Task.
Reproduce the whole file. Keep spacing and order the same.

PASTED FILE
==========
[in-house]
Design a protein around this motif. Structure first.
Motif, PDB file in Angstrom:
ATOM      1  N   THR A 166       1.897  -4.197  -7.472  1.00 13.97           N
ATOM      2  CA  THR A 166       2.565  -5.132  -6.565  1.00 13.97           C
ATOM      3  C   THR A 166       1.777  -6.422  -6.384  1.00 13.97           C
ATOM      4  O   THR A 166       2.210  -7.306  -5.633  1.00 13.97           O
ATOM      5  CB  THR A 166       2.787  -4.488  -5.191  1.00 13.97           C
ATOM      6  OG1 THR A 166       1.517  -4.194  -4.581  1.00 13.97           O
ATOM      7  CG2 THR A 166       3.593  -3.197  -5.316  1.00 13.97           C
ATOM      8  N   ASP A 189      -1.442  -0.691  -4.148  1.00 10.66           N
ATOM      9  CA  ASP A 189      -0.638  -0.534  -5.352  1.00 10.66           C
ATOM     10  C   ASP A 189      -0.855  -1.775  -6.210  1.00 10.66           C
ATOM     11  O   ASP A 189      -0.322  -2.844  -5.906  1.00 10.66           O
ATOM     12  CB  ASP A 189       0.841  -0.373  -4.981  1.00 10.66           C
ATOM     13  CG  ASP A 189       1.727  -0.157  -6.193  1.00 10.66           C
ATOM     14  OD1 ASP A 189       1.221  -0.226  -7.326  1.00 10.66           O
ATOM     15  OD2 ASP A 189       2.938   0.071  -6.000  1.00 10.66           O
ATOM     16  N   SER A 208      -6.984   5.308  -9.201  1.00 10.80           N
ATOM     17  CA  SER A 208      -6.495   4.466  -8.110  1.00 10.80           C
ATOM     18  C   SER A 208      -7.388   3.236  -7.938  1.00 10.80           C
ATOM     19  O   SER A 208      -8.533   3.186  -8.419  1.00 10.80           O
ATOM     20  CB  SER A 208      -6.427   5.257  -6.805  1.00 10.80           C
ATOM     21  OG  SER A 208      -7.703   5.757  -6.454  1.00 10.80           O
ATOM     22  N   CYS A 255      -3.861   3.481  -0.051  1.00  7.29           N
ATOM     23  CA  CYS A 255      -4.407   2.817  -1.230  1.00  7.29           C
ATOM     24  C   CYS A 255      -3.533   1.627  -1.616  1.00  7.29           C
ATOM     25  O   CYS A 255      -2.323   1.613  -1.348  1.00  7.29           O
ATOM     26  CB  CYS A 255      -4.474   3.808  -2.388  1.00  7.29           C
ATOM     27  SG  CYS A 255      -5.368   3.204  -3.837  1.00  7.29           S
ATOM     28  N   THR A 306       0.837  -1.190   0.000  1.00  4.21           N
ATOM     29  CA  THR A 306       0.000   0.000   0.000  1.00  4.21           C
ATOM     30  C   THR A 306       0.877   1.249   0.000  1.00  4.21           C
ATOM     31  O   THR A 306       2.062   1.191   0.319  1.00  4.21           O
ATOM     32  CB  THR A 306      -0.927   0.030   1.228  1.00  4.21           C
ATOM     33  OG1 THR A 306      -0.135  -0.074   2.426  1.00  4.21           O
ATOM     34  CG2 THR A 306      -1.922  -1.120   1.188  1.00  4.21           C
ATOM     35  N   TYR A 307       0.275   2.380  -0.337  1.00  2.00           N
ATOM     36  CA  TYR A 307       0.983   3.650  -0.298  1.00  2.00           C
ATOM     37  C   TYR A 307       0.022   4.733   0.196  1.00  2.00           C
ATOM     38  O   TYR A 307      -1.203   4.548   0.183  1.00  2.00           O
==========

[in-house]
Design a protein around this motif. Structure first.
Motif, PDB file in Angstrom:
ATOM      1  N   THR A 166       1.897  -4.197  -7.472  1.00 13.97           N
ATOM      2  CA  THR A 166       2.565  -5.132  -6.565  1.00 13.97           C
ATOM      3  C   THR A 166       1.777  -6.422  -6.384  1.00 13.97           C
ATOM      4  O   THR A 166       2.210  -7.306  -5.633  1.00 13.97           O
ATOM      5  CB  THR A 166       2.787  -4.488  -5.191  1.00 13.97           C
ATOM      6  OG1 THR A 166       1.517  -4.194  -4.581  1.00 13.97           O
ATOM      7  CG2 THR A 166       3.593  -3.197  -5.316  1.00 13.97           C
ATOM      8  N   ASP A 189      -1.442  -0.691  -4.148  1.00 10.66           N
ATOM      9  CA  ASP A 189      -0.638  -0.534  -5.352  1.00 10.66           C
ATOM     10  C   ASP A 189      -0.855  -1.775  -6.210  1.00 10.66           C
ATOM     11  O   ASP A 189      -0.322  -2.844  -5.906  1.00 10.66           O
ATOM     12  CB  ASP A 189       0.841  -0.373  -4.981  1.00 10.66           C
ATOM     13  CG  ASP A 189       1.727  -0.157  -6.193  1.00 10.66           C
ATOM     14  OD1 ASP A 189       1.221  -0.226  -7.326  1.00 10.66           O
ATOM     15  OD2 ASP A 189       2.938   0.071  -6.000  1.00 10.66           O
ATOM     16  N   SER A 208      -6.984   5.308  -9.201  1.00 10.80           N
ATOM     17  CA  SER A 208      -6.495   4.466  -8.110  1.00 10.80           C
ATOM     18  C   SER A 208      -7.388   3.236  -7.938  1.00 10.80           C
ATOM     19  O   SER A 208      -8.533   3.186  -8.419  1.00 10.80           O
ATOM     20  CB  SER A 208      -6.427   5.257  -6.805  1.00 10.80           C
ATOM     21  OG  SER A 208      -7.703   5.757  -6.454  1.00 10.80           O
ATOM     22  N   CYS A 255      -3.861   3.481  -0.051  1.00  7.29           N
ATOM     23  CA  CYS A 255      -4.407   2.817  -1.230  1.00  7.29           C
ATOM     24  C   CYS A 255      -3.533   1.627  -1.616  1.00  7.29           C
ATOM     25  O   CYS A 255      -2.323   1.613  -1.348  1.00  7.29           O
ATOM     26  CB  CYS A 255      -4.474   3.808  -2.388  1.00  7.29           C
ATOM     27  SG  CYS A 255      -5.368   3.204  -3.837  1.00  7.29           S
ATOM     28  N   THR A 306       0.837  -1.190   0.000  1.00  4.21           N
ATOM     29  CA  THR A 306       0.000   0.000   0.000  1.00  4.21           C
ATOM     30  C   THR A 306       0.877   1.249   0.000  1.00  4.21           C
ATOM     31  O   THR A 306       2.062   1.191   0.319  1.00  4.21           O
ATOM     32  CB  THR A 306      -0.927   0.030   1.228  1.00  4.21           C
ATOM     33  OG1 THR A 306      -0.135  -0.074   2.426  1.00  4.21           O
ATOM     34  CG2 THR A 306      -1.922  -1.120   1.188  1.00  4.21           C
ATOM     35  N   TYR A 307       0.275   2.380  -0.337  1.00  2.00           N
ATOM     36  CA  TYR A 307       0.983   3.650  -0.298  1.00  2.00           C
ATOM     37  C   TYR A 307       0.022   4.733   0.196  1.00  2.00           C
ATOM     38  O   TYR A 307      -1.203   4.548   0.183  1.00  2.00           O